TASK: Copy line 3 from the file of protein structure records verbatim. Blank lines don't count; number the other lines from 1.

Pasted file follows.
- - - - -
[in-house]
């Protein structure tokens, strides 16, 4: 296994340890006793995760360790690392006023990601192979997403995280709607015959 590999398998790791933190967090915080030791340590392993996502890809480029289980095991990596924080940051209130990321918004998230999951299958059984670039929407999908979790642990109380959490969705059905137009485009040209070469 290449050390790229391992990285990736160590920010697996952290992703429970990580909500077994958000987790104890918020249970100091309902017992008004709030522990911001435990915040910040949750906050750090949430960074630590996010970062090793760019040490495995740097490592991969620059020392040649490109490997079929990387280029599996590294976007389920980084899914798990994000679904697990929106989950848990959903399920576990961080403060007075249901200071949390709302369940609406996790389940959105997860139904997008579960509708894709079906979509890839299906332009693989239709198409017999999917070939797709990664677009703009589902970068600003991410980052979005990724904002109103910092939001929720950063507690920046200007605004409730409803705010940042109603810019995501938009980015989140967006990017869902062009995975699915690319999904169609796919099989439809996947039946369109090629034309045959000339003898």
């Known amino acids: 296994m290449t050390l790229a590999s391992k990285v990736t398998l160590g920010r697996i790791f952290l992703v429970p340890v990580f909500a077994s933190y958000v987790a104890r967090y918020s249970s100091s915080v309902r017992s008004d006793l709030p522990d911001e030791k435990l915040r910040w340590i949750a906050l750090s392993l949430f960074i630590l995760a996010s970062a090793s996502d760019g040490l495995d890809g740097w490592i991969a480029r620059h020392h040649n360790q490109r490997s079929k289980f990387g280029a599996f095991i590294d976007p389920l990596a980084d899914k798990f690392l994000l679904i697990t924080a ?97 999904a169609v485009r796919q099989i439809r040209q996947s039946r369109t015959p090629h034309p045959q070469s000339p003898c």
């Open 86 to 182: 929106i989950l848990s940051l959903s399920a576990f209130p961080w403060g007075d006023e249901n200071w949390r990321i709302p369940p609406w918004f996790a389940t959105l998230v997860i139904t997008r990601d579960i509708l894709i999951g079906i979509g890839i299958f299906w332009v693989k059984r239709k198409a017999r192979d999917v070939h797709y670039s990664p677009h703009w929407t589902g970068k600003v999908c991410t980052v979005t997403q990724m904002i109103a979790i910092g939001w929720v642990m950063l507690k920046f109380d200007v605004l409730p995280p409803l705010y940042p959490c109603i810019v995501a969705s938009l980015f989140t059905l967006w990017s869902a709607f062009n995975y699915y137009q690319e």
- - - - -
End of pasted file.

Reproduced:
């Known amino acids: 296994m290449t050390l790229a590999s391992k990285v990736t398998l160590g920010r697996i790791f952290l992703v429970p340890v990580f909500a077994s933190y958000v987790a104890r967090y918020s249970s100091s915080v309902r017992s008004d006793l709030p522990d911001e030791k435990l915040r910040w340590i949750a906050l750090s392993l949430f960074i630590l995760a996010s970062a090793s996502d760019g040490l495995d890809g740097w490592i991969a480029r620059h020392h040649n360790q490109r490997s079929k289980f990387g280029a599996f095991i590294d976007p389920l990596a980084d899914k798990f690392l994000l679904i697990t924080a ?97 999904a169609v485009r796919q099989i439809r040209q996947s039946r369109t015959p090629h034309p045959q070469s000339p003898c």